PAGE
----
Dayspa

JUN 2018

DAYSPA is the business resource for spa & wellness professionals! Each issue covers the latest in skin care, spa treatments, wellness services and management strategies.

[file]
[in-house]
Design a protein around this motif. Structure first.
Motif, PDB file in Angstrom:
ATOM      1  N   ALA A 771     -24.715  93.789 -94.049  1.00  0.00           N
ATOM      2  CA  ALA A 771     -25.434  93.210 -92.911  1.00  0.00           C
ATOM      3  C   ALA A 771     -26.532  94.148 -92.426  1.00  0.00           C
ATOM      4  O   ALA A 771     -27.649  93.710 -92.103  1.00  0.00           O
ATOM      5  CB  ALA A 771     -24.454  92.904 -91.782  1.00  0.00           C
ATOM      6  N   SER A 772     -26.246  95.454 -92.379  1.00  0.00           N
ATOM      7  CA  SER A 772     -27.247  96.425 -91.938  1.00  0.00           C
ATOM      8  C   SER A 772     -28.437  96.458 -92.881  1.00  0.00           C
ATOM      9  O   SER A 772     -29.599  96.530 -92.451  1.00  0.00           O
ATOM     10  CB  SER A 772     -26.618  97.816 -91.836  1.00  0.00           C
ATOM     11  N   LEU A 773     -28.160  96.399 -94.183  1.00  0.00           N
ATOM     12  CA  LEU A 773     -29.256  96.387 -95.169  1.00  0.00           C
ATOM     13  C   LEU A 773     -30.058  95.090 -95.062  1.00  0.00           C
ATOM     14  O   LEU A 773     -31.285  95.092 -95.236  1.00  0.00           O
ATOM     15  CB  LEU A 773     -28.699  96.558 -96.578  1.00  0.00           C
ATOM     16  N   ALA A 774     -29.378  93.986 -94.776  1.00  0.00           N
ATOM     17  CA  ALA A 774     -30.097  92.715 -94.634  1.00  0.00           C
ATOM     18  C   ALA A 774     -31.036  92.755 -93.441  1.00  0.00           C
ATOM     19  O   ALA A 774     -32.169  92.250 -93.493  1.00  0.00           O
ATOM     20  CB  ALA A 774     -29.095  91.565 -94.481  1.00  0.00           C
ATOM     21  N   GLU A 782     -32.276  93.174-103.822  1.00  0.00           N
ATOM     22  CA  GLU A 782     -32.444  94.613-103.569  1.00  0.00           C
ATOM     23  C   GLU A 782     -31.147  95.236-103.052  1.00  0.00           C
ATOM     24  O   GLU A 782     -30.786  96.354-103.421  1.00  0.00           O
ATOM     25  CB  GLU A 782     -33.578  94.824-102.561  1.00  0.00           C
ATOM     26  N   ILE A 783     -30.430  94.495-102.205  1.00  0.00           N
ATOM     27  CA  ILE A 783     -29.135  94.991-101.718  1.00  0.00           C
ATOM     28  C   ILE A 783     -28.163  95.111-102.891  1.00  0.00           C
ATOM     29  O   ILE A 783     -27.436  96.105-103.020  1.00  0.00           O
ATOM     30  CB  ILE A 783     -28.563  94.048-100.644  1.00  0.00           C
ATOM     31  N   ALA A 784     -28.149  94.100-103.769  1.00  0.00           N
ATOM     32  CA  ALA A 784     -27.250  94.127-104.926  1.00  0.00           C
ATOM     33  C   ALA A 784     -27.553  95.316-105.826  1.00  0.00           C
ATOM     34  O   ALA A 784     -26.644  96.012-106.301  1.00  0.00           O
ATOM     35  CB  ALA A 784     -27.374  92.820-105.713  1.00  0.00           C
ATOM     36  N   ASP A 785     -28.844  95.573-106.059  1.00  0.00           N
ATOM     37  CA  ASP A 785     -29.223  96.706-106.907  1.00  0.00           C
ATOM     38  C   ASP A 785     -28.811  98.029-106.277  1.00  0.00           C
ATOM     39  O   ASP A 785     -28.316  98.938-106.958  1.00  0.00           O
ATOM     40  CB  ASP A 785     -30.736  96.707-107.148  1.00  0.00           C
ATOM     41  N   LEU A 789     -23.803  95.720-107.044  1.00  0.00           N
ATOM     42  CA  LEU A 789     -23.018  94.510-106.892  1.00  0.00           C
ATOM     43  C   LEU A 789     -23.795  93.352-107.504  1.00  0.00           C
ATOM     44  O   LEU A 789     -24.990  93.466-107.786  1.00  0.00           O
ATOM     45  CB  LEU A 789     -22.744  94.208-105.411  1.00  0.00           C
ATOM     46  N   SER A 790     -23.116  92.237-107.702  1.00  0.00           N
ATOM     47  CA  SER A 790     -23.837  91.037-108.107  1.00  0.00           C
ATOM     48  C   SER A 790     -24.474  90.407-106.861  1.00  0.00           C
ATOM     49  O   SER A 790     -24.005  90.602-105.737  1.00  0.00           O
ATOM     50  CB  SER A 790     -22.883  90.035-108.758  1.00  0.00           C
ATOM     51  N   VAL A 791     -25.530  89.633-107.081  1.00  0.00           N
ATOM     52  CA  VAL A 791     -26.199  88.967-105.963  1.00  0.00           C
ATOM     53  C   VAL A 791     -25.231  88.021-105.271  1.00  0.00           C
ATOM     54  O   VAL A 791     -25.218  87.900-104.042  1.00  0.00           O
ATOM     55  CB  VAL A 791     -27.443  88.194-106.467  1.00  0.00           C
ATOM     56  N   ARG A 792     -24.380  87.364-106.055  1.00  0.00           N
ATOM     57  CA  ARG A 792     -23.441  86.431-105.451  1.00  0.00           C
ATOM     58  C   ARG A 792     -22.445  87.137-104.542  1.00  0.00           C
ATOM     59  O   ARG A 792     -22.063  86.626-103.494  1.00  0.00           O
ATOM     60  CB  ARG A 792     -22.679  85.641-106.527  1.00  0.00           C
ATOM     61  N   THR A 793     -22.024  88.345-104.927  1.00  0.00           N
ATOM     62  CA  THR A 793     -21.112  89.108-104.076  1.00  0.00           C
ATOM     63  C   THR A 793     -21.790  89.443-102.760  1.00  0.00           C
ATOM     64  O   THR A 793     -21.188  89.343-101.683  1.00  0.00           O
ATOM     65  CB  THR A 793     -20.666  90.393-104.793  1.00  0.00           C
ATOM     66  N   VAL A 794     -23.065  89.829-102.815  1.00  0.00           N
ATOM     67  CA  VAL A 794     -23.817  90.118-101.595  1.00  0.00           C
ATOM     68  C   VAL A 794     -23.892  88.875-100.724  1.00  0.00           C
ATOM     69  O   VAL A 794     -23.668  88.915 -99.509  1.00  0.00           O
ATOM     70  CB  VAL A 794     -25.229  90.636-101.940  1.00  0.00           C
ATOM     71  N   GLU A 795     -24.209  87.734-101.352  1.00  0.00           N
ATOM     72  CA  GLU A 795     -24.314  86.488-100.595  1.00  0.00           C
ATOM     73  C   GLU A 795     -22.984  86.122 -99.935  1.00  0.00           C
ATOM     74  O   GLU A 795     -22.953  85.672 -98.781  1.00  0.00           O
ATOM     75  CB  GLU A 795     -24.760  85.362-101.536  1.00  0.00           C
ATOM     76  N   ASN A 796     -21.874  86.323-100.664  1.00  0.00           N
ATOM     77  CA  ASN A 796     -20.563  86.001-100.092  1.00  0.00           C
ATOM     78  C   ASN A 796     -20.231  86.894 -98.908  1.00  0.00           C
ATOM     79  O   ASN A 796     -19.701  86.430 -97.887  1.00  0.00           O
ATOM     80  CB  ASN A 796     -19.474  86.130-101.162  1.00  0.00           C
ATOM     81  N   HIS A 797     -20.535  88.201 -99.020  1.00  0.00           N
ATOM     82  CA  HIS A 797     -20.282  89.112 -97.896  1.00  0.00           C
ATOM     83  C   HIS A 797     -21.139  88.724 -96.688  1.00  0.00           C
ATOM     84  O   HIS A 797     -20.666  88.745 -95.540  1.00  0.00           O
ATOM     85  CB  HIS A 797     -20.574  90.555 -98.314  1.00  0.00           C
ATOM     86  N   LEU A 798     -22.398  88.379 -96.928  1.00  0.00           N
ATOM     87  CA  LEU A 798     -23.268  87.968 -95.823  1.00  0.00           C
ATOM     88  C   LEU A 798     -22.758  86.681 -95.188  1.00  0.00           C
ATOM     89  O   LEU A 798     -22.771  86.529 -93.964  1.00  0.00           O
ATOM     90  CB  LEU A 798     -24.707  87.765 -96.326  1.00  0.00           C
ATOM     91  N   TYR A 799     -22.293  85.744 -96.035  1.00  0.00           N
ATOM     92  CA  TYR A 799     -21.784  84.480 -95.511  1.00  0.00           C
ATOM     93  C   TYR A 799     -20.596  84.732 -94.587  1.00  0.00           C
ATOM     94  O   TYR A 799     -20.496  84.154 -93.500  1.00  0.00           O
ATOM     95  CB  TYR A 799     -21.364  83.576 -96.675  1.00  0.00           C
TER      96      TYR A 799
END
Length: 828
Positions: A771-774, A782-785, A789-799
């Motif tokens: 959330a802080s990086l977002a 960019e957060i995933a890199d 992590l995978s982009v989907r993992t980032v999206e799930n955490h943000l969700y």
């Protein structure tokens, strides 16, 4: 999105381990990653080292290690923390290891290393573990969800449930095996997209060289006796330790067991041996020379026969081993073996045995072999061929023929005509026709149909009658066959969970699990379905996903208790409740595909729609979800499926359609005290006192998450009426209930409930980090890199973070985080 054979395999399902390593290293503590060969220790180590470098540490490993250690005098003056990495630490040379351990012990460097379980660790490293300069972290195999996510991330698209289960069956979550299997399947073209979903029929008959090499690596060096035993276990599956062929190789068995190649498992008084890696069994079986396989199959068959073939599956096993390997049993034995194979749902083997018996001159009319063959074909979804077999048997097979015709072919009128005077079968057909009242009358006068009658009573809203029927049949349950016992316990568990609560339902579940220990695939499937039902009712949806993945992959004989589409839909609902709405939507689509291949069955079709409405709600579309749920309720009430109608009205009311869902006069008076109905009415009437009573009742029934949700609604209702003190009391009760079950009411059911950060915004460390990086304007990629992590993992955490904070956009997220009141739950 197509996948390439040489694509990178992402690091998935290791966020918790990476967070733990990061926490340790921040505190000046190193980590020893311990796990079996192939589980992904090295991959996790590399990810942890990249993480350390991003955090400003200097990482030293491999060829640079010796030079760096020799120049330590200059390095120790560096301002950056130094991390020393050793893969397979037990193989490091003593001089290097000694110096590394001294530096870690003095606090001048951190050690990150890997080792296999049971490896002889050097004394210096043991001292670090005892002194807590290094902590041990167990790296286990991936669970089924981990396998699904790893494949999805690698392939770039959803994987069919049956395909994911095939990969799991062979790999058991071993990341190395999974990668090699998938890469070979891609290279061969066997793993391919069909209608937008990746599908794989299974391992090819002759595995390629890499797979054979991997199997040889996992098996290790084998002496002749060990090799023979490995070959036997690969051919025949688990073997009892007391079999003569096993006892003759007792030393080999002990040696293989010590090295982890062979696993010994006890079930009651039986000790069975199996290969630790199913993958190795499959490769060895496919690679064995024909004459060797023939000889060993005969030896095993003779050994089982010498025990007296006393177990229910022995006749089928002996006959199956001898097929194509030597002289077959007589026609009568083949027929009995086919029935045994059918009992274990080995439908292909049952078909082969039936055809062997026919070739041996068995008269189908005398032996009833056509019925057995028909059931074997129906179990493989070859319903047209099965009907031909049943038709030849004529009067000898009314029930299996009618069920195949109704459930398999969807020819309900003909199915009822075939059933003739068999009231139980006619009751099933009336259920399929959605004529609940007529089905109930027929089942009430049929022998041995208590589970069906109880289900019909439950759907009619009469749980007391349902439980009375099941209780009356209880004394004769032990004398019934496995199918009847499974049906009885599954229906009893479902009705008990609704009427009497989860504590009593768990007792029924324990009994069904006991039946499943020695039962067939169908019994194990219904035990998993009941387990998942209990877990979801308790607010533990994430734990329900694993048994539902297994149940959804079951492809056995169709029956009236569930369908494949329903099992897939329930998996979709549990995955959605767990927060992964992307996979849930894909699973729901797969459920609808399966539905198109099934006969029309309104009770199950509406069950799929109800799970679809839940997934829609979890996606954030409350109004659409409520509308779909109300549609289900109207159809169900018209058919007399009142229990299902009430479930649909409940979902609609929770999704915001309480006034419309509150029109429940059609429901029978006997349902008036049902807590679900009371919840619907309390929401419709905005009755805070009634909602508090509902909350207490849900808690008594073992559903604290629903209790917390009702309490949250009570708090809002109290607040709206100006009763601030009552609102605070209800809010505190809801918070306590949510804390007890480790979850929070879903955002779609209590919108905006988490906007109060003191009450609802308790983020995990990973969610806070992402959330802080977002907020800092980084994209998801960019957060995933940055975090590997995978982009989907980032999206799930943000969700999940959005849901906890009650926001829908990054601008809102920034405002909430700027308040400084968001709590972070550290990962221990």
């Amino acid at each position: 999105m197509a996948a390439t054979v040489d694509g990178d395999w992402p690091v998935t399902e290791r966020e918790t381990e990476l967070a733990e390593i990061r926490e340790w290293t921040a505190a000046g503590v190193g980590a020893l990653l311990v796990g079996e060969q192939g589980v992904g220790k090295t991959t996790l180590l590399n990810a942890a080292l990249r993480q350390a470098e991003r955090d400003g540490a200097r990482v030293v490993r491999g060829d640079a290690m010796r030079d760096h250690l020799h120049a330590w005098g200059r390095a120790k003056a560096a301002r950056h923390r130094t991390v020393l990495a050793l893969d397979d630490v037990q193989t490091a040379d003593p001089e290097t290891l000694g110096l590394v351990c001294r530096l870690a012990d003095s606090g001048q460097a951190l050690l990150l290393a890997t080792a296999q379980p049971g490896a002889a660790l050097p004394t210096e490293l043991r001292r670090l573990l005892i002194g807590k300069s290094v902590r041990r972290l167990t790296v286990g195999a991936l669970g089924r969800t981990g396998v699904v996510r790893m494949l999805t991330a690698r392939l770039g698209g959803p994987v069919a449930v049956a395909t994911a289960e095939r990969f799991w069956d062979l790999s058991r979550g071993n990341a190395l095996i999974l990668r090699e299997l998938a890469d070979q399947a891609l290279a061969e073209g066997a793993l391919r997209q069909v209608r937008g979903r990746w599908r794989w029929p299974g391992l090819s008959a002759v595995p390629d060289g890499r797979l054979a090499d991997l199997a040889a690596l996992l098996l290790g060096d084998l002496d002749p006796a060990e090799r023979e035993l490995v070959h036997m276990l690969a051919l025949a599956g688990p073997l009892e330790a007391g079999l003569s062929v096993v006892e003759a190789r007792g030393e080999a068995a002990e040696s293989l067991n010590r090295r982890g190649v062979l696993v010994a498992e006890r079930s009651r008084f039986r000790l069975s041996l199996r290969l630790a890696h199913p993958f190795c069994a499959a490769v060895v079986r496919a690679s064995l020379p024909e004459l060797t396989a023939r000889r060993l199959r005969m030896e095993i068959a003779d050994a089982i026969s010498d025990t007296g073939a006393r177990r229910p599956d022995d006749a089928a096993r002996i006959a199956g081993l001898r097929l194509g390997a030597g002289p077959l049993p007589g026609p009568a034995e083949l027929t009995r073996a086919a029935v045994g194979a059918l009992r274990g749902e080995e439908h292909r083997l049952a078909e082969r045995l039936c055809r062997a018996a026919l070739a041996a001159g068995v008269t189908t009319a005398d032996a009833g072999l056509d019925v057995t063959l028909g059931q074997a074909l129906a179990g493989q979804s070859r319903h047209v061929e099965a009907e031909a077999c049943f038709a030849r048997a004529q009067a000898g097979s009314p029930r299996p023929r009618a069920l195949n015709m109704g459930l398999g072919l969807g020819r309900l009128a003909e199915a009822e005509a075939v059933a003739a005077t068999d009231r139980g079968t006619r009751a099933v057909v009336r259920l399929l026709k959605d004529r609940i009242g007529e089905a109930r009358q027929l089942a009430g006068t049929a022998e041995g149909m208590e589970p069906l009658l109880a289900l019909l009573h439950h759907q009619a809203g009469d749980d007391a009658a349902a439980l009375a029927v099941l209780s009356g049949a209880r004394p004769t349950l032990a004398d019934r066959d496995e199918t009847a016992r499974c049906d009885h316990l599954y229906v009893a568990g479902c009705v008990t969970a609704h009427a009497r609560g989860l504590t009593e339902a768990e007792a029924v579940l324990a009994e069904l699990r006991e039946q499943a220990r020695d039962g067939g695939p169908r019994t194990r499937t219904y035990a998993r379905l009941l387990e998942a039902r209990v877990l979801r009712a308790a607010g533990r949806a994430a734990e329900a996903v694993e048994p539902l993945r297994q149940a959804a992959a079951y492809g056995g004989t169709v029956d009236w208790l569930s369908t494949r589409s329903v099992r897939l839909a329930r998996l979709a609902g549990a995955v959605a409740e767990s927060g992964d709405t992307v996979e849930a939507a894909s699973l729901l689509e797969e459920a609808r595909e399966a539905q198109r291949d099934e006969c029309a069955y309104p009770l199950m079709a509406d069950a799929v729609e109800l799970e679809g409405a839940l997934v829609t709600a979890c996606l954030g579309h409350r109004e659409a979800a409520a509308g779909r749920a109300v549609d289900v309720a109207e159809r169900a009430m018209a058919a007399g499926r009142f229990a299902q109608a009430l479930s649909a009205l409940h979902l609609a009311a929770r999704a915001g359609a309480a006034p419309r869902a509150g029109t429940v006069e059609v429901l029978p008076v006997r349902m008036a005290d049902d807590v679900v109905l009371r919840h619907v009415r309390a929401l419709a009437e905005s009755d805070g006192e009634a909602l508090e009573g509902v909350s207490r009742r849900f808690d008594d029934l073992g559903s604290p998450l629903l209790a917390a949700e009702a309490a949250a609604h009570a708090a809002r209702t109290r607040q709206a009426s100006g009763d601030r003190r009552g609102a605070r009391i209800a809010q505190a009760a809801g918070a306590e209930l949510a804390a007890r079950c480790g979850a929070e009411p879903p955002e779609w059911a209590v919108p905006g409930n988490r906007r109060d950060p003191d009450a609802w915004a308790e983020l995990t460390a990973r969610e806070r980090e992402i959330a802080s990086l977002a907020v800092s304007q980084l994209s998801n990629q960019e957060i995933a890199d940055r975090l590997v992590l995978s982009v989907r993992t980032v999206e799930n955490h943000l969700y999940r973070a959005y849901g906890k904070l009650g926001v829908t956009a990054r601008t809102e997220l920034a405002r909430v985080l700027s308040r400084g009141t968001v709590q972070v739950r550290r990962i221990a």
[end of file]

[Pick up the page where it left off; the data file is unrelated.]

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[ 34 ] • # dayspamagazine • june 2018 spa hopping That's one of the many reasons high-end spas have sprung up in every part of the city. In fact, luxurious temples of relaxation seem to anchor each fi ve-star hotel, from the historic Peninsula's 12,000-square-foot facility to the atmospheric Oriental Spa at The Landmark Mandarin, with its nostalgic interior design echoing a gracious 1920s Shanghai. Against this backdrop, which is truly among the world's most competitive luxury spa scenes, one exclusive destination has remained a staple among Chinese tycoons, logoed ladies who dim sum, and a steady stream of celebrities since it fi rst opened nearly four decades ago: The InterContinental Hong Kong's I-Spa. Approximately 75 percent of I-Spa patrons are hotel guests; the rest are locals who visit for a relaxing retreat within the city. To promote I-Spa, the hotel provides information about its off erings in a pre-arrival email confi rmation, off ers a monthly I-Spa special in its guest letter, and places the spa brochure in all guest rooms. To target the local market, I-Spa promotions are also showcased on the hotel's web page, and seasonal treatments are highlighted on social media. e Road to Bliss The path leading from the waterfront hotel to the spa is an artfully raked sand-and-stone garden that off ers a transition from big-city bustle to a place of peace; the spa opens with a bright, wood-lined space, neatly showcasing its range of skin and body products. Designed for the ultimate in private pampering, I-Spa has eight therapists from Hong Kong, Japan and Nepal, and contains only fi ve suites—each one clad in fl oor-to-ceiling green granite—along with a mani/pedi area and a room for waxing treatments. The entire property is touted as one of the most feng shui buildings in all of Hong Kong. Prior to its completion in 1980, feng shui master Jackie Chan (not that Jackie Chan) performed a consultation in which he advised certain changes to revitalize the energy of the spa specifi cally, including the installation of a metallic sculpture that was notably smooth and shiny, featuring Chinese characters that read, "Wishing you smiles and happiness." Chan also suggested a pond with either four or seven goldfi sh to be kept there at all times (according to feng shui beliefs, if a fi sh were to die it would be removing negative chi from the property, and that fi sh would then need to be replaced). Finally, the master gave each spa suite a Chinese name, advised on signage placement outside every door, and off ered positive energy tweaks. As a result, one suite has an interior door painted gold, another required a prominent element in red, and in yet another suite, the direction of the spa bed had to be shifted. "All of these small touches help improve the fl ow of chi and create a calming ambience," notes I-Spa director Sandy Lam.

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